A Primer on the College Student Journey

Key Facts and Figures

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Commission on the Future of Undergraduate Education

There are big differences between the “sticker price” of college and what most students actually pay: the average sticker price for one year at a private nonprofit four-year college was almost $44,000 in 2015-2016; but the average net price that students paid (including the amount they borrowed for future payment) was $26,400.

About one-third of all full-time students pay the full sticker price, while the remaining two-thirds pay a reduced net price.

More students are taking out more money for more

  • The proportion of college graduates who took out federal loans increased from approximately 50 percent in 2000 to
    60 percent in 2012.
  • The median amount borrowed among college graduates with debt in 2012 ranged from about $10,000 at community colleges to almost $30,000 at private four-year institutions.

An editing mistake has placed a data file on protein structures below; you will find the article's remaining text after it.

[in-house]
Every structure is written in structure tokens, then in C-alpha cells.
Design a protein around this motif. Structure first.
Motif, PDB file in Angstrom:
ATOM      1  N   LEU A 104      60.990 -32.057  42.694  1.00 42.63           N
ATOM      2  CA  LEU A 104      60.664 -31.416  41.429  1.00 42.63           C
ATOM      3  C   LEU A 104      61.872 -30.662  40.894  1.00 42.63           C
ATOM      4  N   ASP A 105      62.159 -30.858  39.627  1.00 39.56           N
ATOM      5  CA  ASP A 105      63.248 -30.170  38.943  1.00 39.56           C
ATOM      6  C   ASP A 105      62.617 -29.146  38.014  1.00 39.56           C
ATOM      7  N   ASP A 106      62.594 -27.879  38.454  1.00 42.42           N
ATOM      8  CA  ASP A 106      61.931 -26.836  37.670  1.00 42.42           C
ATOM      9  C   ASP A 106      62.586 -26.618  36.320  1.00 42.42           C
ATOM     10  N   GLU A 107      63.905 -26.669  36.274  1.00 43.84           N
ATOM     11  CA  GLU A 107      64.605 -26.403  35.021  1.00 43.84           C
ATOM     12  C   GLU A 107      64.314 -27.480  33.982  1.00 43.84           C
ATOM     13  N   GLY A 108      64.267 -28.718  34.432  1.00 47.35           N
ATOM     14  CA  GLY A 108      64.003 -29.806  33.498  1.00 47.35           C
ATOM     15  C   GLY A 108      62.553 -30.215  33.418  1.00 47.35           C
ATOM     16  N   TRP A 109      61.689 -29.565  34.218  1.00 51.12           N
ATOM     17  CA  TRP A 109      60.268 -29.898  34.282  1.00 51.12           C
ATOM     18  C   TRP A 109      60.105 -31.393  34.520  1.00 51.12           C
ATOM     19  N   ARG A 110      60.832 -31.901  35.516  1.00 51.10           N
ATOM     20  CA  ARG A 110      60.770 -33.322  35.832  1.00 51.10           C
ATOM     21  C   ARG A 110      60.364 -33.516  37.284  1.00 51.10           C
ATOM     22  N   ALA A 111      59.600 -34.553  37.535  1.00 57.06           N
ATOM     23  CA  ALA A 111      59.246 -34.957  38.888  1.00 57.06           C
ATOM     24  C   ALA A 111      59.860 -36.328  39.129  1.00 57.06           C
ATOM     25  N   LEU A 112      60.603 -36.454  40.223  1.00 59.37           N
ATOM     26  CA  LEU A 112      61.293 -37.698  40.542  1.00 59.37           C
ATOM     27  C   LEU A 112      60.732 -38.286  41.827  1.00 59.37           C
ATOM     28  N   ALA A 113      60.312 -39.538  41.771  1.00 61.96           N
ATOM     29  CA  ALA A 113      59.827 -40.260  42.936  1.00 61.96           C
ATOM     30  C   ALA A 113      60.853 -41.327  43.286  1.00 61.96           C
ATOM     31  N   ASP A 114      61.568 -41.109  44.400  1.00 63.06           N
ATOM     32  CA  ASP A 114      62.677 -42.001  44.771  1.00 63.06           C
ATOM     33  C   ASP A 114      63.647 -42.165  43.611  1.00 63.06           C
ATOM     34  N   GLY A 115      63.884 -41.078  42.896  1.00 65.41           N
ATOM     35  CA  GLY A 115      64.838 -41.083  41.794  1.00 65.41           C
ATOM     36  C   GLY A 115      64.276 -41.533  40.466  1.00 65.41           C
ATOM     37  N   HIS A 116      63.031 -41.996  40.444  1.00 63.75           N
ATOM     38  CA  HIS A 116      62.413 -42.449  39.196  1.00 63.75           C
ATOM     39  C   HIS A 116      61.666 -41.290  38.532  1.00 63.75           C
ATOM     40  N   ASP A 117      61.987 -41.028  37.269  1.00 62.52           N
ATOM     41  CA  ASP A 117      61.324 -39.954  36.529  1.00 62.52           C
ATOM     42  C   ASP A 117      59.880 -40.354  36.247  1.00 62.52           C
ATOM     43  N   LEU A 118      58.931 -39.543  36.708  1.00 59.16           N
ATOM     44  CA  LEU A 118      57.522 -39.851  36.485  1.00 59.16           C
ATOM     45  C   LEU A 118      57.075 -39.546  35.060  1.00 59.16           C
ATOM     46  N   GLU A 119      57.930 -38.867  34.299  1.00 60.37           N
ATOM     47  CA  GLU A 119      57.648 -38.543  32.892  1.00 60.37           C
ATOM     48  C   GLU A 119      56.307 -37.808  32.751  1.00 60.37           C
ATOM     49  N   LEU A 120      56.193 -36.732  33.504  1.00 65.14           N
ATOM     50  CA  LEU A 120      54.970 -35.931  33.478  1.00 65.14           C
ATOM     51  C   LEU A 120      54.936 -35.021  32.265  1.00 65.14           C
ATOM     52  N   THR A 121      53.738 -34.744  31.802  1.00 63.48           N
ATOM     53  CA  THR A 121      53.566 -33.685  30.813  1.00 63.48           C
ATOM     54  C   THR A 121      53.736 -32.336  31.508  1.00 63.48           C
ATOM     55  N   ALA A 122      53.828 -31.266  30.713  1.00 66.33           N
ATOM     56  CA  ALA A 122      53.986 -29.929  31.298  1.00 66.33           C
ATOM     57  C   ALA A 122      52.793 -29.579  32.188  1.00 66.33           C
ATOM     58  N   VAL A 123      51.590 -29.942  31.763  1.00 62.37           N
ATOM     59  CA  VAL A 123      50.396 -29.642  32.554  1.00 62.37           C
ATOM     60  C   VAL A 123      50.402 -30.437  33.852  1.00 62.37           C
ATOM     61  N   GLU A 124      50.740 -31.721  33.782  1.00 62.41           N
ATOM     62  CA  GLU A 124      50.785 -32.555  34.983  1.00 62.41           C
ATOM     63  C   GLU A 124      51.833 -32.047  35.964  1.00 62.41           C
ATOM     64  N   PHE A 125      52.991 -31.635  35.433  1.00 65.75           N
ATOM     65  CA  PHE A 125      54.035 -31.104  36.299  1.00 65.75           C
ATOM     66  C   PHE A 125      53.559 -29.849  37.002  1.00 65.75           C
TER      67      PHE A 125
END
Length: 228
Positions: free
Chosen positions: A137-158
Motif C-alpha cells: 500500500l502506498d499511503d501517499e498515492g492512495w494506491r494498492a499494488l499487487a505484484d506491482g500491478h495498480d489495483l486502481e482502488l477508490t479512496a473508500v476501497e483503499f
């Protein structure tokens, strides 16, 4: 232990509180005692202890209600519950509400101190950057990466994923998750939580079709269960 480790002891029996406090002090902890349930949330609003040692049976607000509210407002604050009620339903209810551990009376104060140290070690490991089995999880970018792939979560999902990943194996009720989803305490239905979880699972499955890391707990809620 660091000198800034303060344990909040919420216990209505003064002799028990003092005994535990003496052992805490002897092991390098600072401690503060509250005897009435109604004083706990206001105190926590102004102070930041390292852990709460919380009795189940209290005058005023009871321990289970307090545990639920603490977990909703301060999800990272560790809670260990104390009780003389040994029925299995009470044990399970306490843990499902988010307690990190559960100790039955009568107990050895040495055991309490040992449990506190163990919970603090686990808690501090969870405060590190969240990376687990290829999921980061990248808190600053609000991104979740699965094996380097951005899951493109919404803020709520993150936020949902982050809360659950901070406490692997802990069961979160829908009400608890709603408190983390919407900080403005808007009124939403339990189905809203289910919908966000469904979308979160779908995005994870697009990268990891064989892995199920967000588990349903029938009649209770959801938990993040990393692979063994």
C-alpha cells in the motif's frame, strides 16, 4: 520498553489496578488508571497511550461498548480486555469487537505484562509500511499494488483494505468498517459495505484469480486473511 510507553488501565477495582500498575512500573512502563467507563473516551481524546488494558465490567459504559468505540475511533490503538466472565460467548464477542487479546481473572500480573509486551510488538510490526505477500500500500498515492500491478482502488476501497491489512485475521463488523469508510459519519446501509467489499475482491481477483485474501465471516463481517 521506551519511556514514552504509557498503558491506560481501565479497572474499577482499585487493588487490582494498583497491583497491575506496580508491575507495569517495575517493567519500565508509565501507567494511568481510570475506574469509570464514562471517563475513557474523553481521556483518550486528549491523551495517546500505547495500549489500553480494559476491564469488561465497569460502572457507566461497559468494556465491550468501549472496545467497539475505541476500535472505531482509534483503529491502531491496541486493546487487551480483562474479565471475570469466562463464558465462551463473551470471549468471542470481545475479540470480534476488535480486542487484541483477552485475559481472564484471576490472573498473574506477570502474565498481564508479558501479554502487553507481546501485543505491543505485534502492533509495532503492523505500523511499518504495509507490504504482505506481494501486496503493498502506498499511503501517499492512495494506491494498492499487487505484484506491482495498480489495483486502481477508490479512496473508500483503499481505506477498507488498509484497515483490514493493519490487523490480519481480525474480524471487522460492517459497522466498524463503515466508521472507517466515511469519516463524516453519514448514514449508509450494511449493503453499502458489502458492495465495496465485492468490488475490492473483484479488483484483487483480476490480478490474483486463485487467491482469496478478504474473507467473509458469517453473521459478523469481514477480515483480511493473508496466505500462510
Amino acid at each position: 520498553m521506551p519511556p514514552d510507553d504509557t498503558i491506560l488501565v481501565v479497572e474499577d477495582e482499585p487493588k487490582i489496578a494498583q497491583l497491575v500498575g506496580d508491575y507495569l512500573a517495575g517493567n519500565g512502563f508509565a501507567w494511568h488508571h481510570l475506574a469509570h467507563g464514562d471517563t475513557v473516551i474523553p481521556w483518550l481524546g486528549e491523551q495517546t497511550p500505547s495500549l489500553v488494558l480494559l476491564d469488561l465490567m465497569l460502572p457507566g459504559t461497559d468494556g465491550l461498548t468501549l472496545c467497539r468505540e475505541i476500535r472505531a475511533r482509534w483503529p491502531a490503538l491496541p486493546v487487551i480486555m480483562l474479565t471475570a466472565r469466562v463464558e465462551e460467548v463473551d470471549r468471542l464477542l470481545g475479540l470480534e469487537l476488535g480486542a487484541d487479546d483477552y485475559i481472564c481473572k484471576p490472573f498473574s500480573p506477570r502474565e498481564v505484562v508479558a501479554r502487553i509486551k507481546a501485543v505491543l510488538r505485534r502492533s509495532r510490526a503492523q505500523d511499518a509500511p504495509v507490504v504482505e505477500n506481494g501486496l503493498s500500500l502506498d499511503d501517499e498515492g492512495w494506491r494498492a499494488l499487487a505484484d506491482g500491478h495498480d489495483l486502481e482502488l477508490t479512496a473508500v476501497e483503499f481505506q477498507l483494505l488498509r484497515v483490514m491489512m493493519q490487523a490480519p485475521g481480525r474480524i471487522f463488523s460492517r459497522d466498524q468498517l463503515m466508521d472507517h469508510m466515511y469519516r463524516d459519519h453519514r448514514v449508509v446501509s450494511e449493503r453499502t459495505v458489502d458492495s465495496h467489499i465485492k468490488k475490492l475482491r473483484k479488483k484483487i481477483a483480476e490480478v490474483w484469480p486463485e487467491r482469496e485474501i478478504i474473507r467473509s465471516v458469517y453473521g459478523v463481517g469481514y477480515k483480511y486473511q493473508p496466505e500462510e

• The median cumulative loan amount for college graduates increased nearly 25 percent from 2000 to 2012.

Students who do not graduate and who take out the smallest loan amounts have the highest default rates, whereas students who graduate from private nonprofit four-year colleges have the lowest default rates.

Net cost has risen fastest at public four-year institutions and has decreased at public two-year colleges:

  • Students today pay 73 percent more than they did two decades ago to attend public four-year colleges. They also pay 55 percent more than they did as recently as six years ago.
  • Students today pay 32 percent more than they did two decades ago to attend private four-year colleges and 10 percent more than they did six years ago.
  • Students paid 25 percent more to attend for-profit institutions in 2012 than they did in 2000.
  • Students and their families pay half of what they paid two decades ago in net tuition and fees to attend public two-year institutions. They pay 16 percent less than they did six years ago.

Decreases in per-student state funding play a major role in explaining increases in tuition and fees at public four-year institutions: adjusted for inflation, state funding per full-time student in 2014 was nearly 30 percent lower than in 2000.